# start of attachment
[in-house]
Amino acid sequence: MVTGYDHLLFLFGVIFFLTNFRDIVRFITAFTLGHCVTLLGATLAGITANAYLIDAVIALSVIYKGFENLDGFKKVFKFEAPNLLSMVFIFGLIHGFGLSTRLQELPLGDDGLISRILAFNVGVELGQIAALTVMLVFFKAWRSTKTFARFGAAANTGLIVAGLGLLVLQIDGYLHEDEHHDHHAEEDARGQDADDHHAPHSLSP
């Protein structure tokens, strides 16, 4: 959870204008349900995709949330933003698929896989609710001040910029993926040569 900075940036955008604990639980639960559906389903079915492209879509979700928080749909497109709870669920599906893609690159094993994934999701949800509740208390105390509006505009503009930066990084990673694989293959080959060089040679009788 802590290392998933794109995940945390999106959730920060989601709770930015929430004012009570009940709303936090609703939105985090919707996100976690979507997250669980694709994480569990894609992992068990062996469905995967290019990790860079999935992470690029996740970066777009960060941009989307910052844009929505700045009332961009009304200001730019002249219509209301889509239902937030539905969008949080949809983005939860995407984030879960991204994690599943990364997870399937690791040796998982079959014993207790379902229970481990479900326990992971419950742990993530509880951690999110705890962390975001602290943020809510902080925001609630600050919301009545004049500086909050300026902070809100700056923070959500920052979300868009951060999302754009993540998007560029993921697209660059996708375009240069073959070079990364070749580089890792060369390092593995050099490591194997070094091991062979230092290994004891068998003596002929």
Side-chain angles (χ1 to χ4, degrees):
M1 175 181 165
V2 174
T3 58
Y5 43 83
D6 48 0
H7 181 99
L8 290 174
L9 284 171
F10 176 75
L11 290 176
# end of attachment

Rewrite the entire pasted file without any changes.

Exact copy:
[in-house]
Amino acid sequence: MVTGYDHLLFLFGVIFFLTNFRDIVRFITAFTLGHCVTLLGATLAGITANAYLIDAVIALSVIYKGFENLDGFKKVFKFEAPNLLSMVFIFGLIHGFGLSTRLQELPLGDDGLISRILAFNVGVELGQIAALTVMLVFFKAWRSTKTFARFGAAANTGLIVAGLGLLVLQIDGYLHEDEHHDHHAEEDARGQDADDHHAPHSLSP
């Protein structure tokens, strides 16, 4: 959870204008349900995709949330933003698929896989609710001040910029993926040569 900075940036955008604990639980639960559906389903079915492209879509979700928080749909497109709870669920599906893609690159094993994934999701949800509740208390105390509006505009503009930066990084990673694989293959080959060089040679009788 802590290392998933794109995940945390999106959730920060989601709770930015929430004012009570009940709303936090609703939105985090919707996100976690979507997250669980694709994480569990894609992992068990062996469905995967290019990790860079999935992470690029996740970066777009960060941009989307910052844009929505700045009332961009009304200001730019002249219509209301889509239902937030539905969008949080949809983005939860995407984030879960991204994690599943990364997870399937690791040796998982079959014993207790379902229970481990479900326990992971419950742990993530509880951690999110705890962390975001602290943020809510902080925001609630600050919301009545004049500086909050300026902070809100700056923070959500920052979300868009951060999302754009993540998007560029993921697209660059996708375009240069073959070079990364070749580089890792060369390092593995050099490591194997070094091991062979230092290994004891068998003596002929």
Side-chain angles (χ1 to χ4, degrees):
M1 175 181 165
V2 174
T3 58
Y5 43 83
D6 48 0
H7 181 99
L8 290 174
L9 284 171
F10 176 75
L11 290 176